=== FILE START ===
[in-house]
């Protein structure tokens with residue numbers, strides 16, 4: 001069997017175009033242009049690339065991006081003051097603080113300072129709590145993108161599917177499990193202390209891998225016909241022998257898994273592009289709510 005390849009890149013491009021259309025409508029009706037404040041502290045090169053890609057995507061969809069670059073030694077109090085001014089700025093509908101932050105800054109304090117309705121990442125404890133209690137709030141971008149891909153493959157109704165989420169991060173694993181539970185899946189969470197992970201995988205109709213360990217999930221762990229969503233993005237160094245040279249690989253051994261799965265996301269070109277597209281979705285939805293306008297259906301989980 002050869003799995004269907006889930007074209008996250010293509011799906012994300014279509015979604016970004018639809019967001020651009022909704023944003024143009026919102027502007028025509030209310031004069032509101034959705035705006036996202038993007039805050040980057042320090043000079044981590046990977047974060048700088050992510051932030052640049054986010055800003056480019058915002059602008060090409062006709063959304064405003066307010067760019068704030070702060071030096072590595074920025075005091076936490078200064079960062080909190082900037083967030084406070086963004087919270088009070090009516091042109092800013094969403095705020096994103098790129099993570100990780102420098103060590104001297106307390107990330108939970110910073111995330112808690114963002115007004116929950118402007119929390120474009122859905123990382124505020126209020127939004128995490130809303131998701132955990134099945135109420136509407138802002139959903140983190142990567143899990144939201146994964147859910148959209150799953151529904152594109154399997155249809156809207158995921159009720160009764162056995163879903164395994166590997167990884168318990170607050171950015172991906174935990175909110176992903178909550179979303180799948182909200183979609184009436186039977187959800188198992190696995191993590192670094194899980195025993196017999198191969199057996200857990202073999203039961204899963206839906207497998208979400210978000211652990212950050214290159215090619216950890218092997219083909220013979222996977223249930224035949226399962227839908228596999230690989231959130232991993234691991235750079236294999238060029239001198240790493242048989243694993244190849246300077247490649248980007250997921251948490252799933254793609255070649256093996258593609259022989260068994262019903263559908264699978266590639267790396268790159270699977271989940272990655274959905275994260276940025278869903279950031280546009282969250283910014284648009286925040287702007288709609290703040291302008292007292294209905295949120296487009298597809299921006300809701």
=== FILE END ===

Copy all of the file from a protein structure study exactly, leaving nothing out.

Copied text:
[in-house]
């Protein structure tokens with residue numbers, strides 16, 4: 001069997017175009033242009049690339065991006081003051097603080113300072129709590145993108161599917177499990193202390209891998225016909241022998257898994273592009289709510 005390849009890149013491009021259309025409508029009706037404040041502290045090169053890609057995507061969809069670059073030694077109090085001014089700025093509908101932050105800054109304090117309705121990442125404890133209690137709030141971008149891909153493959157109704165989420169991060173694993181539970185899946189969470197992970201995988205109709213360990217999930221762990229969503233993005237160094245040279249690989253051994261799965265996301269070109277597209281979705285939805293306008297259906301989980 002050869003799995004269907006889930007074209008996250010293509011799906012994300014279509015979604016970004018639809019967001020651009022909704023944003024143009026919102027502007028025509030209310031004069032509101034959705035705006036996202038993007039805050040980057042320090043000079044981590046990977047974060048700088050992510051932030052640049054986010055800003056480019058915002059602008060090409062006709063959304064405003066307010067760019068704030070702060071030096072590595074920025075005091076936490078200064079960062080909190082900037083967030084406070086963004087919270088009070090009516091042109092800013094969403095705020096994103098790129099993570100990780102420098103060590104001297106307390107990330108939970110910073111995330112808690114963002115007004116929950118402007119929390120474009122859905123990382124505020126209020127939004128995490130809303131998701132955990134099945135109420136509407138802002139959903140983190142990567143899990144939201146994964147859910148959209150799953151529904152594109154399997155249809156809207158995921159009720160009764162056995163879903164395994166590997167990884168318990170607050171950015172991906174935990175909110176992903178909550179979303180799948182909200183979609184009436186039977187959800188198992190696995191993590192670094194899980195025993196017999198191969199057996200857990202073999203039961204899963206839906207497998208979400210978000211652990212950050214290159215090619216950890218092997219083909220013979222996977223249930224035949226399962227839908228596999230690989231959130232991993234691991235750079236294999238060029239001198240790493242048989243694993244190849246300077247490649248980007250997921251948490252799933254793609255070649256093996258593609259022989260068994262019903263559908264699978266590639267790396268790159270699977271989940272990655274959905275994260276940025278869903279950031280546009282969250283910014284648009286925040287702007288709609290703040291302008292007292294209905295949120296487009298597809299921006300809701």